Features & System requirements
The Resonance of Early Electronic Music
Gong Amp takes an exciting experimental amplifier from the beginnings of electronic music to the plugin world of today.
In 1932, Maurice Martenot was looking for a way to make his groundbreaking proto-synthesizer “Ondes” audible beyond what could be archived with the horns and loudspeakers of the time. He developed a set of “diffuseurs”, of which the “Métallique” was one. Instead of a paper cone or horn, Martenot put a gong behind the amplifier circuitry. This seemingly simple idea resulted in resonances and brilliant overtones that excite audiences to this day.
In 2011, the French company Eowave took inspiration from Martenot’s invention and made their own version, the Resonator Metallik. When we heard what our friend, Berlin composer Hainbach, did with this rare and discontinued amplifier, we knew this sound needed to be available to more than a select few. So we made Gong Amp, our third collaboration with Hainbach since Motors and Wires.
Using a complex mixture of convolution processing, physical modeling, and feedback systems, we created an instrument that is true to the responsiveness of the original and even transcends it in terms of sound design possibilities.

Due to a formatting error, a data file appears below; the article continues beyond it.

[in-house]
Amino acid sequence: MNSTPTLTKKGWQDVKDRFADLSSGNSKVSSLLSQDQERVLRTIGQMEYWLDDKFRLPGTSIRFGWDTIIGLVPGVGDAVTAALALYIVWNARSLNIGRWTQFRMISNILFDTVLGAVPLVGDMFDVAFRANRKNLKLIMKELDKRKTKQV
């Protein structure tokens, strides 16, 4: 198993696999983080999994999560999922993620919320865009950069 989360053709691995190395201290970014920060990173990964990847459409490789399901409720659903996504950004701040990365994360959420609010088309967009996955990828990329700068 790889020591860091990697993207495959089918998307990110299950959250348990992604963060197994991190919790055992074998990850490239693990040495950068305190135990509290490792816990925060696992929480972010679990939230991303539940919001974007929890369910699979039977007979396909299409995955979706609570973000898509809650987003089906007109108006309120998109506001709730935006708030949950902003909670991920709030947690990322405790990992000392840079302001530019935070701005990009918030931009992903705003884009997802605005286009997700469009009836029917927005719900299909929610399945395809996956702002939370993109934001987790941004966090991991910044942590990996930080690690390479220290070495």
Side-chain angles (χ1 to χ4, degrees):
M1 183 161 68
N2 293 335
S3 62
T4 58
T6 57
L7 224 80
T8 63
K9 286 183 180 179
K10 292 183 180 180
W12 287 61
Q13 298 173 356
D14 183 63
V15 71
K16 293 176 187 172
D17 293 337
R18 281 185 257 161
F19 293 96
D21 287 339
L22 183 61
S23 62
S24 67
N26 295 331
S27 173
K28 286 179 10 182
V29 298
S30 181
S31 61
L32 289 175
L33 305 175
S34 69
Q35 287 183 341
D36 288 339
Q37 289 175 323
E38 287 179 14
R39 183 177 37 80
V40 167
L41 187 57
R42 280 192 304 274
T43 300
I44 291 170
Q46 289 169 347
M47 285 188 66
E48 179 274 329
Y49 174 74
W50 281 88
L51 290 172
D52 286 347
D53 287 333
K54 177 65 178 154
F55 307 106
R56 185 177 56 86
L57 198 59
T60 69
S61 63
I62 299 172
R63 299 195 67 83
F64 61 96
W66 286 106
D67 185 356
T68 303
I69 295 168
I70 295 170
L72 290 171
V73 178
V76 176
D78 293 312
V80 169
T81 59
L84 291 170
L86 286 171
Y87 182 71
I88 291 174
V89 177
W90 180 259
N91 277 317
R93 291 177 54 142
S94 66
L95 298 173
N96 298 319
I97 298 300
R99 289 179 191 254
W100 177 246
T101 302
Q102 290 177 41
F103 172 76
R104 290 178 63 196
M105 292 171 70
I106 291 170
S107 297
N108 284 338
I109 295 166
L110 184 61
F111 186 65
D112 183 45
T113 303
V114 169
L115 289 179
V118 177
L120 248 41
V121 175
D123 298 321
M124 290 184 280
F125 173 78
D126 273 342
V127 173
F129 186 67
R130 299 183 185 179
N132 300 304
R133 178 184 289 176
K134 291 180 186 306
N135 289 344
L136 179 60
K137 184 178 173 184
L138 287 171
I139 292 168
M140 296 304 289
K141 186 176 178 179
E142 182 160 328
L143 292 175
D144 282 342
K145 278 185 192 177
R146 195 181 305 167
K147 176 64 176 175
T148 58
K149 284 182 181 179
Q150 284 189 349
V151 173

The Metallik Resonator
Eowave built their fantastic version of Martenot’s invention from 2011 to 2018 on demand in small numbers. Much treasured by collectors, Hainbach got the last one made especially for him from the last parts in the shop at Eowave.
Here you see it being recorded and measured in Hainbach‘s Studio. Thanks to Eowave for the support!
You can choose from three recording positions: mono mic, stereo mics, and a unique “resonator” effect Hainbach designed. Try mono for a “documentary” perspective, stereo for beautiful ribbon mic width, and hear reverb feeding into reverb in “resonator” mode. Try upping the input overdrive for added overtones, and use the soft clip for output distortions.
Taking a page from the experimental percussionists’ handbook, you can add thick and thin chains to the Gong. The sympathetic rattling creates effects that range from a soft shimmer to clangorous noise.
The strength of the Métallique, its long ring, is also its weakness when playing fast: everything turns to mush. So we added a pillow that dampens the sound and makes Gong Amp “arpeggio-approved”.
Adjust the sound of Gong Amp to your playing style. Choose from two different gain settings on the gong with “Dynamic”. Add modulations for a slightly more psychedelic sound. Modulation adds liveliness as well as subtle stereo width as if the gong was swaying. It runs both pre-Gong and post-Gong, so leave this at low setting for purity and turn it up to tune in. Turn on “howl” to hear Gong Amp struggle beautifully when overloaded. Experiment with extreme pitch manipulations for cinematic effects.
With Trip Mode, you can add automated crossfading between the three signal positions of mono, stereo and resonate. Use spread to adjust the rhythmic shift. From gentle drifts that last minutes to fast rotary effects, this is a sound designer’s dream.
- Gong Amp Emulation
- Chains and Pillow Sets
- Dynamic, Pitch, Modulation, Howl
- Trip Modulation
- Resizable Window
- Preset system with randomizer
Windows 7, 8, 10
2GHz CPU, 4 GB RAM
- VST2, VST3, or AAX (64-bit)
- OS X 10.9 – macOS 12
- 2GHz CPU, 4 GB RAM
- VST2, VST3, AU, or AAX (64-bit)
- Universal 2 Binary
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